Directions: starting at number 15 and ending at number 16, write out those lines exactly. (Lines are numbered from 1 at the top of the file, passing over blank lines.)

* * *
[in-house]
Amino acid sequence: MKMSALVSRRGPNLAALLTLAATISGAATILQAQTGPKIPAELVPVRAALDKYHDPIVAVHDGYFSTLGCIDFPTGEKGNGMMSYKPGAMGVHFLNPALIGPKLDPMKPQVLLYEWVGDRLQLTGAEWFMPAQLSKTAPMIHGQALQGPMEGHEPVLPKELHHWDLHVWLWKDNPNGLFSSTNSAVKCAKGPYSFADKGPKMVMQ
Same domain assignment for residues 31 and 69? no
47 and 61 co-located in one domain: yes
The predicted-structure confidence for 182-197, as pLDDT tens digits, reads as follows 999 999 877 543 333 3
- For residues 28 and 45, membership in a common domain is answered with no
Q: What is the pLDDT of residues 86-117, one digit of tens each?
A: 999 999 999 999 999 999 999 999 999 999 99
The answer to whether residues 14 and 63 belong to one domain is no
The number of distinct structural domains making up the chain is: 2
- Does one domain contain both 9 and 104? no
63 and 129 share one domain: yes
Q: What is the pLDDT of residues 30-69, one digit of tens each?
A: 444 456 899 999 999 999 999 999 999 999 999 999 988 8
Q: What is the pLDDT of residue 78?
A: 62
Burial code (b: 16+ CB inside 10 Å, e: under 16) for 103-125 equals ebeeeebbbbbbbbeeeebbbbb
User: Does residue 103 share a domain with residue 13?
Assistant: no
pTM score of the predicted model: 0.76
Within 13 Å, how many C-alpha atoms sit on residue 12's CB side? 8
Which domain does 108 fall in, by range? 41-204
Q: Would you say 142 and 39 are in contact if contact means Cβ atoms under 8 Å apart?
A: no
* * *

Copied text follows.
Q: What is the pLDDT of residue 78?
A: 62